Directed by Alex Garland (2018)
by Benjamin Leonard, Best Boy
Alex Garland’s Annihilation has me split in three different directions. As a fan of the books, I’m disappointed. As a fan of Alex Garland’s previous works, I’m more or less happy. As a fan of interesting and thought-provoking sound and imagery, I thought it was great!
The film stars Natalie Portman as a biologist that has been sent into an otherworldly zone that has been taken over by a (divine? alien? environmental?) force that is causing mutations in flora and fauna. Her husband (Oscar Isaac) had gone missing on a previous expedition and she is seeking answers. She is accompanied by a team of women (including Jennifer Jason Leigh and Tessa Thompson) who each have their own reasons to leave the normal world behind. In a land where nothing makes sense and strange creatures are out to get them, insanity and infighting sets in quickly. All of the performances were fine, but Thompson was the standout, partially because her character is the most interesting.
I need to get this out of the way first; if you are a fan of Jeff VanderMeer’s Southern Reach Trilogy, you need to put everything you loved in those books to the side and focus only on what the movie presents to you. The problem with this is it is almost impossible. The film takes several elements from the books and sprinkles them throughout. This acts as a constant reminder of those things that I just told you to shove out of your mind and put to the side. Little of the character development, relationships and plot-points play out the same. The environmental themes are not really addressed at all. The tension is definitely there, only diluted because there’s just not enough time to let it build to those extremes in a two-hour feature film. However, some humor was added that I think could be jarring for any viewer but definitely is for fans of the books. Also, all of the characters have NAMES!!! I don’t know how many people this would actually bother, but to me, it was like Judge Dredd removing his helmet. You just don’t do it.
This brings us to the topic of how Annihilation fits in with some of Garland’s previous work. He wrote the screenplay for Dredd (2012) and it did a great job of condensing the vast background of Judge Dredd into a more easily manageable story that could be shot on a budget. Many liberties were taken, but it keeps with the general spirit of the comic books. I think the advantage Garland had here was that Dredd has been interpreted by so many writers and artists in the past that the fan base is more allowing when it comes to small changes. Garland’s directorial debut, Ex Machina (2014), was a favorite of mine. Again, it is a story that could easily sprawl, but was brought to a narrow focus in order to tell a good story on a small budget. Domhnall Gleeson’s mirror scene was a great moment of psychological horror that really gave me (too) high hopes for how he would handle Annihilation. Instead, the psychopathy was developed through sound and imagery rather than through dialog and acting. Overall, Annihilation fits nicely with Garland’s other work. It’s not my favorite, but it captures the same moods with a bigger budget. So there are things that are done better here simply because he could afford to.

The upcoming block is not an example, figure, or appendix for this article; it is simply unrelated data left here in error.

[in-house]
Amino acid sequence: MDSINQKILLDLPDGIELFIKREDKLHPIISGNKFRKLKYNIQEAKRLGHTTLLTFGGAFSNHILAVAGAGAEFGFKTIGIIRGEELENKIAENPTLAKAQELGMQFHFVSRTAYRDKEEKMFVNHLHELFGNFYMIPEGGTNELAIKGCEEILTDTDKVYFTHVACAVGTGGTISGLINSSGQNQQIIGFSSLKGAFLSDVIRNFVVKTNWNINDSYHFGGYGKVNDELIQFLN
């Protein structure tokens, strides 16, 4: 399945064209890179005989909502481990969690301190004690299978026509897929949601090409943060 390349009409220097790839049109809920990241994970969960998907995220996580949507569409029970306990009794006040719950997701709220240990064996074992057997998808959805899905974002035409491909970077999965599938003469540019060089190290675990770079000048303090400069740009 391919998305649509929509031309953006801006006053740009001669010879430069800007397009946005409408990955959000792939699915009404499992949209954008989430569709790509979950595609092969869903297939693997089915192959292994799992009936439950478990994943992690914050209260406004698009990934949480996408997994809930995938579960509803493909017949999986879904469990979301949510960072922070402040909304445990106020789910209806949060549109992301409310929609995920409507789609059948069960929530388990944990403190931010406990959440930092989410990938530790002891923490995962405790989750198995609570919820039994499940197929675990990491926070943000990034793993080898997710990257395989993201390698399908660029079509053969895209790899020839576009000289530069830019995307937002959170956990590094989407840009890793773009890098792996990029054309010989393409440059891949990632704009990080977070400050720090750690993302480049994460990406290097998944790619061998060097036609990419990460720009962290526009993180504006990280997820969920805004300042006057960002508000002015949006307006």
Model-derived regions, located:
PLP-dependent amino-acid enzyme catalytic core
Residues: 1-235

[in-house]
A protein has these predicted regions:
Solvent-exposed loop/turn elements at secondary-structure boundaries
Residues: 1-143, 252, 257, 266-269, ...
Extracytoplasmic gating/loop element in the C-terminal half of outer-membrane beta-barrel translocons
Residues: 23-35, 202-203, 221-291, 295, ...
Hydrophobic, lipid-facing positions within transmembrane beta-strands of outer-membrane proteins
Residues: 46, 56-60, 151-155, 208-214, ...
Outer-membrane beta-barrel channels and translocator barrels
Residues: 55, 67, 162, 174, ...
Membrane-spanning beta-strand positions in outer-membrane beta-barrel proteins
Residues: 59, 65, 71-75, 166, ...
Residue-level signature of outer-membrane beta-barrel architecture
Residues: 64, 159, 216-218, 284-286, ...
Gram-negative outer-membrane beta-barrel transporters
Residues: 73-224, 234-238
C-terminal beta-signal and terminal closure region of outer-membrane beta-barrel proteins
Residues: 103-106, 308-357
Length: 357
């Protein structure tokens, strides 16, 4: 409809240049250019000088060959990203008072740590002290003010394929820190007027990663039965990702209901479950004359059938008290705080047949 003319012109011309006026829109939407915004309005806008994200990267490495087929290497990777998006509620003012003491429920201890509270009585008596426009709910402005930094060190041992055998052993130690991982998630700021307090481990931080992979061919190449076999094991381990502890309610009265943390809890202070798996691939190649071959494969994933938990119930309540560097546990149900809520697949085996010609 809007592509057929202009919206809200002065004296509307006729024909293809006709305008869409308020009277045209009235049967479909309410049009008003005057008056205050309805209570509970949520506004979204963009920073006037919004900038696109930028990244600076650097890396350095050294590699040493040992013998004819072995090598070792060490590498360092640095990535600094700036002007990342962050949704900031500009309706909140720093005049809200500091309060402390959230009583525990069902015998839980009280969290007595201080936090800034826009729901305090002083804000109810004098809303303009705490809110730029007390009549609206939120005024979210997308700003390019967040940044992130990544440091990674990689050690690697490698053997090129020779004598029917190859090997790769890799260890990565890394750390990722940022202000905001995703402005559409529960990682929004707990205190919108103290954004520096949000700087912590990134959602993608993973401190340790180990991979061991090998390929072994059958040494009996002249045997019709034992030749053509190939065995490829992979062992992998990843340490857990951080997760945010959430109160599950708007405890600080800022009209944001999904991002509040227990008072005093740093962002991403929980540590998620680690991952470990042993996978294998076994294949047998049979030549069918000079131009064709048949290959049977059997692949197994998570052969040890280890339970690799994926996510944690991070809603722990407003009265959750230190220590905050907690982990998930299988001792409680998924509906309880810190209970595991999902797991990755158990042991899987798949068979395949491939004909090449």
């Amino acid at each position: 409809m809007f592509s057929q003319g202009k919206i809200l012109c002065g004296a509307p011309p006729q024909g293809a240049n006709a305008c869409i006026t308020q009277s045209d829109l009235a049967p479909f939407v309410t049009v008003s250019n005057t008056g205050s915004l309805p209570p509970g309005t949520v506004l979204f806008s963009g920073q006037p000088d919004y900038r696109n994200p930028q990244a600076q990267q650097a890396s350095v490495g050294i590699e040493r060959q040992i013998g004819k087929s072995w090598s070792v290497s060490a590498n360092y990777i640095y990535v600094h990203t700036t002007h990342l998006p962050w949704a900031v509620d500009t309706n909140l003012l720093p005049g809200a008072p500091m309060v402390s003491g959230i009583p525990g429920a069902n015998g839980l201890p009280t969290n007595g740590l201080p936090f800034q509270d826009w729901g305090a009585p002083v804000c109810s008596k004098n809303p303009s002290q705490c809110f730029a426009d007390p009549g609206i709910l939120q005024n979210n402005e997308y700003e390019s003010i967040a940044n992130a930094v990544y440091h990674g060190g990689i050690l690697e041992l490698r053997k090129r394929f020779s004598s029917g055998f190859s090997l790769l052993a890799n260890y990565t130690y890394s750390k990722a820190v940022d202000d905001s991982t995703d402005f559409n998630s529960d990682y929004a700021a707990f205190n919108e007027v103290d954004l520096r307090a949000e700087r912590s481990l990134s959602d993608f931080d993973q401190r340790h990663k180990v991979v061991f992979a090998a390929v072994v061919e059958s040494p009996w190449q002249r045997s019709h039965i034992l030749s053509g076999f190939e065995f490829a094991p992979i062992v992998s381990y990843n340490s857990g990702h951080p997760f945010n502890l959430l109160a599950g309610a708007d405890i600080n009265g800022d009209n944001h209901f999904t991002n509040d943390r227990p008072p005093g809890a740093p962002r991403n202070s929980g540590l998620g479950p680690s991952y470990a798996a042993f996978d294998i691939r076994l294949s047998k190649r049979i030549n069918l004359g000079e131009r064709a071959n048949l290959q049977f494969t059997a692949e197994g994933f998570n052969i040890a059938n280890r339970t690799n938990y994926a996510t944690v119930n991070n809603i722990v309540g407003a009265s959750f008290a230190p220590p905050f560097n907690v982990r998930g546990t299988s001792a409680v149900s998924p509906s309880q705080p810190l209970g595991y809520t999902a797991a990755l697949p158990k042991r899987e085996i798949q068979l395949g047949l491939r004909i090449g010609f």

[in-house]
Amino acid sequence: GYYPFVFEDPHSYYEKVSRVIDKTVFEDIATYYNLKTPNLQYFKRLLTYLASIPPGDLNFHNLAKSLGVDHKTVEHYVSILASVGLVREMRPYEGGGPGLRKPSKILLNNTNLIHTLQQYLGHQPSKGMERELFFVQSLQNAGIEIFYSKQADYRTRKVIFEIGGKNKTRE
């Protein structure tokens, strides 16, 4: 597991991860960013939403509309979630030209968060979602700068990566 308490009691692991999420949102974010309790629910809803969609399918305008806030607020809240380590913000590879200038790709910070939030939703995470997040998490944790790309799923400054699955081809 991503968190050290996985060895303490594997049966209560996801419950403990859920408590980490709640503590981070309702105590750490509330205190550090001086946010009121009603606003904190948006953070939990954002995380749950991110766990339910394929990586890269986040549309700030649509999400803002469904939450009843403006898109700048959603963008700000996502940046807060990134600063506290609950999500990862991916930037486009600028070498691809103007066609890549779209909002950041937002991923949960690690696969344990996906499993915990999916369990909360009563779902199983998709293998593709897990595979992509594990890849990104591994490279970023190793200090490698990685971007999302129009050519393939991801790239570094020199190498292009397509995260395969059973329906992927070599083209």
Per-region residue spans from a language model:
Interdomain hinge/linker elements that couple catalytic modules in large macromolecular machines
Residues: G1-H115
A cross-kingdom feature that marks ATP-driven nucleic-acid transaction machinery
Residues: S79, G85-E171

But MAN OH MAN!!! It looked damned cool and the sound design definitely helps make you feel ill at ease. I was actually hoping for a bit higher frequency in the visual effects, but this was well made up for in the quality of the effects. Even though it cost nearly four times as much as Ex Machina, this is still a fairly small budget for the caliber of stars and the heavy focus on effects. The creatures (both living and decayed) are very cool. This is a part that really left me wanting more. There is one scene in particular that reminds me of Bryan Fuller’s Hannibal TV series. The look of “the shimmer”, itself, was pretty cool as well.
All in all, this is a better than average film and I recommend you go see it on the big screen for the look and feel of the film if nothing else. If all you’re looking for is an adaptation of the books, you’d be better served going back and seeing Andrei Tarkovsky’s Stalker (1979). While, clearly, it was not based on The Southern Reach trilogy, it is much closer to many of the points in the book that made me love it.